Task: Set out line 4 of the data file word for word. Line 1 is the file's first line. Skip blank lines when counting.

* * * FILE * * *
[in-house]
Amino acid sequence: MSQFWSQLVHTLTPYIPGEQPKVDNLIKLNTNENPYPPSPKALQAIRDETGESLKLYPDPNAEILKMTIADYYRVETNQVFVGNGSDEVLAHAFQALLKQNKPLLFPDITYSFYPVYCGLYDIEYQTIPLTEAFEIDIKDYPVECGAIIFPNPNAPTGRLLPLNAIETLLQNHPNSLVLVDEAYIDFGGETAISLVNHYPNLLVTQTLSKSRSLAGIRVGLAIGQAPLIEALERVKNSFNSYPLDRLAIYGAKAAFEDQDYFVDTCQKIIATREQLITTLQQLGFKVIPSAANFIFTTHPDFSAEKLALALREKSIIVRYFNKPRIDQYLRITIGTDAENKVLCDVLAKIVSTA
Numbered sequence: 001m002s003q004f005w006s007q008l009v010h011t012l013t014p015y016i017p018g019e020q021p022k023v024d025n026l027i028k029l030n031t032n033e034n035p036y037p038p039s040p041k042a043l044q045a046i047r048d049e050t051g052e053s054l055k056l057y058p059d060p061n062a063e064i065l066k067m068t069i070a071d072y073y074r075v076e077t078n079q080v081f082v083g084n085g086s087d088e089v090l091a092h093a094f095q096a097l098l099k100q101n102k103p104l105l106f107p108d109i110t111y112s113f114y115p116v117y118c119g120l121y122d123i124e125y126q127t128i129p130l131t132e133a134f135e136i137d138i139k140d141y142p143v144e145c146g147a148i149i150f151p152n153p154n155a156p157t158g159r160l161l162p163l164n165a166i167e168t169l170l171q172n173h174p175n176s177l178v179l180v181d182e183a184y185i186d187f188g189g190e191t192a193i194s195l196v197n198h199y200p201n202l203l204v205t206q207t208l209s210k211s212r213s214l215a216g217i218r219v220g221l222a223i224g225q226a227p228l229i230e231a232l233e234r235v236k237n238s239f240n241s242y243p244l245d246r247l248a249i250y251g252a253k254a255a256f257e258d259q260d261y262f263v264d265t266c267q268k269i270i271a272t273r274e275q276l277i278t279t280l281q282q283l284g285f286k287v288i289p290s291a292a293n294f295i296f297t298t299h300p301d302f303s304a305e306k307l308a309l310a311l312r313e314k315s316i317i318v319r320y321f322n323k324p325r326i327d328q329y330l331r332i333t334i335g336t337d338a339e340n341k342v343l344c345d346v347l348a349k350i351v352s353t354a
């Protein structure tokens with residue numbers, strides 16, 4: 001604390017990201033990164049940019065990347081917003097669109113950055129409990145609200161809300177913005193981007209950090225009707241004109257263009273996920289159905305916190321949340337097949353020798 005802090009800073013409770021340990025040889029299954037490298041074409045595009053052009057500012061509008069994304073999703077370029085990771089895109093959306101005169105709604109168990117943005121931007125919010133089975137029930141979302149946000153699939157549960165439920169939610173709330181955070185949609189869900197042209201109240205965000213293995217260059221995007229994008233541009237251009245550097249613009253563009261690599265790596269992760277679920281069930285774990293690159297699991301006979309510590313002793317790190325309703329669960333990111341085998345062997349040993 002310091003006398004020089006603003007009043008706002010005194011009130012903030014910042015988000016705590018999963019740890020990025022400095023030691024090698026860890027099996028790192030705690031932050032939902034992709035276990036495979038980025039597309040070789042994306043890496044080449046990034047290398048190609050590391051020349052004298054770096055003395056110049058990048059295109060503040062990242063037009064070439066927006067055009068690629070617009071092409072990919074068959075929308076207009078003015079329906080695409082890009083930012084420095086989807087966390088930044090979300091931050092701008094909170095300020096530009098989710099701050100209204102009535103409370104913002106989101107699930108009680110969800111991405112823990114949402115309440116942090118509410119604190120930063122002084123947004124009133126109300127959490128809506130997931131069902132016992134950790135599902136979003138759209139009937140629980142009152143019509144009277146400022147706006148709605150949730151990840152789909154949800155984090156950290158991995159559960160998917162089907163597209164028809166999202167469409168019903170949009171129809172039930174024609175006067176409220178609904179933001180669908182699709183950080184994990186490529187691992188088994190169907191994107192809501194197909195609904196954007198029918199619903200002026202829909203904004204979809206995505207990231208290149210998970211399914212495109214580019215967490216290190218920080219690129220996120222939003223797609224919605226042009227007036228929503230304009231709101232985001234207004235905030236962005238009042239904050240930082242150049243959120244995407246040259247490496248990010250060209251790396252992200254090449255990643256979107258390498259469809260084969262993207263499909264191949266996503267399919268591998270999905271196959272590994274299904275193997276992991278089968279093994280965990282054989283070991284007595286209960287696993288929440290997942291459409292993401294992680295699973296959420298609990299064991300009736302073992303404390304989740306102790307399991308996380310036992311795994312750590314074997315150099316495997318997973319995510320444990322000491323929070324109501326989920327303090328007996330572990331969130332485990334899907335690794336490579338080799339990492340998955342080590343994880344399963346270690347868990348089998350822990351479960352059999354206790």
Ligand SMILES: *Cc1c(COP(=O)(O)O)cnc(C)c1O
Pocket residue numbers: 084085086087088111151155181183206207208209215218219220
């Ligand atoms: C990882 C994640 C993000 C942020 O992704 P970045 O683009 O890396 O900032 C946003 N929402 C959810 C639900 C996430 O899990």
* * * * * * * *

């Protein structure tokens with residue numbers, strides 16, 4: 001604390017990201033990164049940019065990347081917003097669109113950055129409990145609200161809300177913005193981007209950090225009707241004109257263009273996920289159905305916190321949340337097949353020798 005802090009800073013409770021340990025040889029299954037490298041074409045595009053052009057500012061509008069994304073999703077370029085990771089895109093959306101005169105709604109168990117943005121931007125919010133089975137029930141979302149946000153699939157549960165439920169939610173709330181955070185949609189869900197042209201109240205965000213293995217260059221995007229994008233541009237251009245550097249613009253563009261690599265790596269992760277679920281069930285774990293690159297699991301006979309510590313002793317790190325309703329669960333990111341085998345062997349040993 002310091003006398004020089006603003007009043008706002010005194011009130012903030014910042015988000016705590018999963019740890020990025022400095023030691024090698026860890027099996028790192030705690031932050032939902034992709035276990036495979038980025039597309040070789042994306043890496044080449046990034047290398048190609050590391051020349052004298054770096055003395056110049058990048059295109060503040062990242063037009064070439066927006067055009068690629070617009071092409072990919074068959075929308076207009078003015079329906080695409082890009083930012084420095086989807087966390088930044090979300091931050092701008094909170095300020096530009098989710099701050100209204102009535103409370104913002106989101107699930108009680110969800111991405112823990114949402115309440116942090118509410119604190120930063122002084123947004124009133126109300127959490128809506130997931131069902132016992134950790135599902136979003138759209139009937140629980142009152143019509144009277146400022147706006148709605150949730151990840152789909154949800155984090156950290158991995159559960160998917162089907163597209164028809166999202167469409168019903170949009171129809172039930174024609175006067176409220178609904179933001180669908182699709183950080184994990186490529187691992188088994190169907191994107192809501194197909195609904196954007198029918199619903200002026202829909203904004204979809206995505207990231208290149210998970211399914212495109214580019215967490216290190218920080219690129220996120222939003223797609224919605226042009227007036228929503230304009231709101232985001234207004235905030236962005238009042239904050240930082242150049243959120244995407246040259247490496248990010250060209251790396252992200254090449255990643256979107258390498259469809260084969262993207263499909264191949266996503267399919268591998270999905271196959272590994274299904275193997276992991278089968279093994280965990282054989283070991284007595286209960287696993288929440290997942291459409292993401294992680295699973296959420298609990299064991300009736302073992303404390304989740306102790307399991308996380310036992311795994312750590314074997315150099316495997318997973319995510320444990322000491323929070324109501326989920327303090328007996330572990331969130332485990334899907335690794336490579338080799339990492340998955342080590343994880344399963346270690347868990348089998350822990351479960352059999354206790």